Another source of road information can be found by searching “Scenic” or “By Way” along with the name of the state. These sites are not focused on motorcycling, and are often sponsored or influenced by tourism interests. Nonetheless, if paved, I have found any road designated “Scenic” and/or “By Way” worthwhile.

If only there were a way for Road Guardians to share their experience and knowledge of roads to help other RGs who want to travel to Arkansas, Vermont, West Virginia, Oregon, or who knows, even Minnesota.

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Women In Motion/Tommy Thompson Reunion Ride 2010

Great news!!!! 10th annual River Road Fundraiser and 16th annual Tommy Thompson's Reunion Ride will be hosted by the Women In Motion Roadguards. Registration is now open!!! This 3 day 4 night event will pamper you with an escorted ride that starts in Madison, WI and ends in Phillips, WI 575 miles later. Have a wonderful time, make new friends and support a fundraiser that benefits bikers! July 21-25, 2010.

This ride is Accident Scene Management's largest annual fundraiser. ASMI teaches the Bystander Assistance course "A Crash Course for the Motorcyclist". If you are unable to attend the event but would still like to help, click here. You will find other ways in which you can help ASMI. Your support helps keep ASMI growing for the benefit of all riders.

Be sure to register soon! Room blocks are released July 1st and shirts are must be ordered by July 1st. Learn more and register at www.accidentscene.org/events.htm#wim

Women in Motion

 

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Featured Member: Jennifer Knourek/Biker Information Guide

Biker Information GuideWe all have our own personal reasons for pursuing our passions and motorcycling is definitely a passion of mine not just a hobby. So much so that I have also made it my businesses.

I was introduced to “the sport” of motorcycling back in 1997 when my boyfriend put me on the back of his 1997 Heritage Springer Softail. I had been riding horses since before I could walk and am an accomplished rider and trainer but never thought my seat and sense of balance would carry over into motorcycling or that it would offer a similar experience. I was a novice motorcyclist, so when it was decided for me that a 250 Nighthawk would be a good bike for me to start on, I made the commitment and started my journey. After a few awkward moments of coordination with the shifting, I was hooked. I rode every day after work and despite the horror of my father who thought his “lady girl” was going to turn into some “biker bitch” I tackled this new experience like a child hungry for more. Not too many miles down the road and my boyfriend trusted me to ride his Springer… the next month I had one of my own. And a new “Biker Chick” was born.

I still ride the same bike, although now with a custom paint job and all of the fringe I could find and I’m still hungry for more. I’ll ride anything I can get my hands but like the horses I’ve ridden no two are the same. Sport touring, touring, cruisers, motocross, Ducati’s, street bikes, all have a different center of gravity and provide a unique ride which you either enjoy or you don’t. I don’t know when the magic happened, probably on a country road one day when the sun and the wind and the freedom all came together and made me feel complete, but it is official! This is more than a sport to me, but it’s serious and it can be dangerous, so I continue to learn.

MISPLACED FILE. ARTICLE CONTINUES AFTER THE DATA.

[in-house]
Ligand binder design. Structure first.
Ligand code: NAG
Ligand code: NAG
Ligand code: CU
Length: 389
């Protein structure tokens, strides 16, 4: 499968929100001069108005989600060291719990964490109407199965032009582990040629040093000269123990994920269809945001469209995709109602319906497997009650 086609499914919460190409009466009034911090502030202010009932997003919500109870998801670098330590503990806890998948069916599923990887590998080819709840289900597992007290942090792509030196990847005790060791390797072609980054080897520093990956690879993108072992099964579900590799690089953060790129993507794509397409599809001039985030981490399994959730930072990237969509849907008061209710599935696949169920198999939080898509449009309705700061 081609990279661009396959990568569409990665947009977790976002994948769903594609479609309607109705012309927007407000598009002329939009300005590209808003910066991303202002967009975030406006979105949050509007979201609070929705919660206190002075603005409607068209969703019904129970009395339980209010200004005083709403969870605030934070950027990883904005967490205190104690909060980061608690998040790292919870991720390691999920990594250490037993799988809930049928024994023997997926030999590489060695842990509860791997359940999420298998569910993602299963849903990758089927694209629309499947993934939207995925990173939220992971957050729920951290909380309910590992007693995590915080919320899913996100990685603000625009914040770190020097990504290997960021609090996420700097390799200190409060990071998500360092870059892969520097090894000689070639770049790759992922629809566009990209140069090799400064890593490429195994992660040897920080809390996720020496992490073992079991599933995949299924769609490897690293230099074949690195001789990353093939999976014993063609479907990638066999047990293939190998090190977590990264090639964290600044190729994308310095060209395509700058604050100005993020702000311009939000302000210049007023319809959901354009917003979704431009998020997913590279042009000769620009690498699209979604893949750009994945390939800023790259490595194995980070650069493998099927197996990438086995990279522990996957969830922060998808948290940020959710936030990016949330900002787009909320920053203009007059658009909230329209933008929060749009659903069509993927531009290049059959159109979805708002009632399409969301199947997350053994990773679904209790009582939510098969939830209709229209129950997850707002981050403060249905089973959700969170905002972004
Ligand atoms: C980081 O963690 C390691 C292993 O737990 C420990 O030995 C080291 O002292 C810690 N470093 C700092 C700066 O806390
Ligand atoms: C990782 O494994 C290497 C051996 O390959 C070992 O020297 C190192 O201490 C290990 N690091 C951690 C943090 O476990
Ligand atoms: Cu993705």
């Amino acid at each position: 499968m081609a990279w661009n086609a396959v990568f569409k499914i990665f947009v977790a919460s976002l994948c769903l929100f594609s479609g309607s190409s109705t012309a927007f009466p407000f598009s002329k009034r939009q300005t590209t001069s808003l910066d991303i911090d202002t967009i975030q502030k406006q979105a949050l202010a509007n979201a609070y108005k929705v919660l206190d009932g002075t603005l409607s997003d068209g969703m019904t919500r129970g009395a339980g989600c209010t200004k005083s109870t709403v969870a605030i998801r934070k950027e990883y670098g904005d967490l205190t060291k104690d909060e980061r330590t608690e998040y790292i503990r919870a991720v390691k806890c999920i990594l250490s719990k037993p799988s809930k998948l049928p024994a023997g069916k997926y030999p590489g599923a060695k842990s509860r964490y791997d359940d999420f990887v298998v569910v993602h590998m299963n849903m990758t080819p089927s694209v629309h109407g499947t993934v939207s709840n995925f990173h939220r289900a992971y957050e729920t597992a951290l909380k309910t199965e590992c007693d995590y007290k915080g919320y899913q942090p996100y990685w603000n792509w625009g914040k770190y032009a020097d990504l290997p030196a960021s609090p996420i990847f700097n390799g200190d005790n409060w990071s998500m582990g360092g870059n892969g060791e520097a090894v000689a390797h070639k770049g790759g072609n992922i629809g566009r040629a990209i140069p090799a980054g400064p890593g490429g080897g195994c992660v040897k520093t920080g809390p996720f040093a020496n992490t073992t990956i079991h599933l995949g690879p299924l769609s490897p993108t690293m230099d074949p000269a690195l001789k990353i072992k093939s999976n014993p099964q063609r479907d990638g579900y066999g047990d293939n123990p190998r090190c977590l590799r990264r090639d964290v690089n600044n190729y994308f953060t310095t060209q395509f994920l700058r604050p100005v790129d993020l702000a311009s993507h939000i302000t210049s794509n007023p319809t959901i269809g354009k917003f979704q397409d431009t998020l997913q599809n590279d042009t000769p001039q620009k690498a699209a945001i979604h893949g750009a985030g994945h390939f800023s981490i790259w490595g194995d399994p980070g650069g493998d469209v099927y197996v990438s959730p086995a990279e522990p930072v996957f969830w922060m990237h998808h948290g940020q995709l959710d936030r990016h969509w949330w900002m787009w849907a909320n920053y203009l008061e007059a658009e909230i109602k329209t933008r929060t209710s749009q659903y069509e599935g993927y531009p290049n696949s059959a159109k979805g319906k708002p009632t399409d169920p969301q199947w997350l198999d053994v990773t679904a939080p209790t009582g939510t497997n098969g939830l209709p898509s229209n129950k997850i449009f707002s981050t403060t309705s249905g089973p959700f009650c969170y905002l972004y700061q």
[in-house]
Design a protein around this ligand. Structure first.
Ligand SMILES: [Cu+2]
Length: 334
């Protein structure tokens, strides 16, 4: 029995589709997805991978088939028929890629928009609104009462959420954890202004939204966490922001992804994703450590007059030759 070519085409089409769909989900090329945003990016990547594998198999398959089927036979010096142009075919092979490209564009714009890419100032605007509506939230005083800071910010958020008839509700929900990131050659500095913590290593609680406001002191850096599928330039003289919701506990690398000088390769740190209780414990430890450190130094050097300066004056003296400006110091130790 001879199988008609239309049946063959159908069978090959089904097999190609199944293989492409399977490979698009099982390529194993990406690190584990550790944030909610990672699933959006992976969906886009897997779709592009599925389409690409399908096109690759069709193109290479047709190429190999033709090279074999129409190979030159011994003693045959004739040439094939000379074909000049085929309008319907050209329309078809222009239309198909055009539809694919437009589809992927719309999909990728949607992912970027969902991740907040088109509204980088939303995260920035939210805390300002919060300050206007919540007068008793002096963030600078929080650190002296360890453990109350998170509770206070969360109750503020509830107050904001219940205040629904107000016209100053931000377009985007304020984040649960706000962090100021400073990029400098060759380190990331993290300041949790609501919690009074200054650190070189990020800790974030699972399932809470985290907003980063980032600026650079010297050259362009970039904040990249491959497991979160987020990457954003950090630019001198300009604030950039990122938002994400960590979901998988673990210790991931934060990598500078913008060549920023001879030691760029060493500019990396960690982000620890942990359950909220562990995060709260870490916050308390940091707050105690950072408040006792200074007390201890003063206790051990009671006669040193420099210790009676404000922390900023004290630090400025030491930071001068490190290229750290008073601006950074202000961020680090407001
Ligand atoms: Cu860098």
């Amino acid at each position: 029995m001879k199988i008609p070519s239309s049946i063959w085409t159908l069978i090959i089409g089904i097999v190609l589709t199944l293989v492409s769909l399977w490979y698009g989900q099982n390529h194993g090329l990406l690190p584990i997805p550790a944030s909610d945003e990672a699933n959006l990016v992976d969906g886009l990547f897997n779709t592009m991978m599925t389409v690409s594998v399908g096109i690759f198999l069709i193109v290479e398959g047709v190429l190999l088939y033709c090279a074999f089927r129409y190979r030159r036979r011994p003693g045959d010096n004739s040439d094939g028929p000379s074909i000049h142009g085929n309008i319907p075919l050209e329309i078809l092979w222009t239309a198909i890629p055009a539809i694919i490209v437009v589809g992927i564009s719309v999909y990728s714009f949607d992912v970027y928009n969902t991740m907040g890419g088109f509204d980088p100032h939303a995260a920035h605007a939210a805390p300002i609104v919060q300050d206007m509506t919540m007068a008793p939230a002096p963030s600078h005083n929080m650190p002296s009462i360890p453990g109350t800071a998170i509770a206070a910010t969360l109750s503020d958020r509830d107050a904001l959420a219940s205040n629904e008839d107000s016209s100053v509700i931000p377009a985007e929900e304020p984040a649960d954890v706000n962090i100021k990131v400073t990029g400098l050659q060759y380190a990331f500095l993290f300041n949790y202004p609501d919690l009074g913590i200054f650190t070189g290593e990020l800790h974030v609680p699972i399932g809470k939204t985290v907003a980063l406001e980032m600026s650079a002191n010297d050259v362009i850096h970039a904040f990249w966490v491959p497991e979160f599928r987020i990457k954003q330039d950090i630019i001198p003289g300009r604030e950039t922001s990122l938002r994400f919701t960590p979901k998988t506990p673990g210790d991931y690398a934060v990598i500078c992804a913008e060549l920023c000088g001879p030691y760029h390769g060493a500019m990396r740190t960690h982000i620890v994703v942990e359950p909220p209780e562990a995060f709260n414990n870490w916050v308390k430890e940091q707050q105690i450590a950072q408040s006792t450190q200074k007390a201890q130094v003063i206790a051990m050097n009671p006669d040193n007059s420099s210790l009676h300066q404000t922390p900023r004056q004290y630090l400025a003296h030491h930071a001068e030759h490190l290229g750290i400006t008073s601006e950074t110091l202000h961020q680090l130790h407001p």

In 2008, my dear friend Shawn and I were traveling in Arizona and happened to find ourselves in the local HD dealership (no really we did…). We discovered a great little publication called Arizona Biker Information Guide which provided local information and places to ride, safety tips, skills training, articles, a list of events which were coming up and more. I had never seen anything like it in our area, so when we read that the opportunity to open the business in our area was available; we called Kimmy Chapman (the National Publisher) that day and made an appointment to talk about the opportunity. That was in February of 2008 and the 105th was that August, by July we had the franchise for Wisconsin, Illinois and Tennessee and in 16 days our first issue of Northern Illinois and Southern Wisconsin Biker Information Guide was on the streets for local riders to enjoy. I will always focus on sharing information with others both personally and through the magazine. And after taking the ASMI basic and Advanced classes and updating my CPR certification to become a Certified Road Guardian I have plans to not only take the Advanced Riding Skills Class at Woodstock Harley-Davidson this year but I am also looking into taking the Civilian Training Course by Motorcycle Training School, an organization which trains the motorcycle police officers in Illinois and Michigan. Bill O’Connell, the schools director warned me that it was going to be a challenge, he wasn’t going to go easy on me and I would probably drop my bike but it will make me a better rider. Bring it on!

We don’t know what we don’t know and our time on earth is short and valuable. So new skills and new information for me is priceless making the most out of the time I have left.
Live, Love, Laugh and Ride ….. Jennifer
www.bikerinformationguide.com/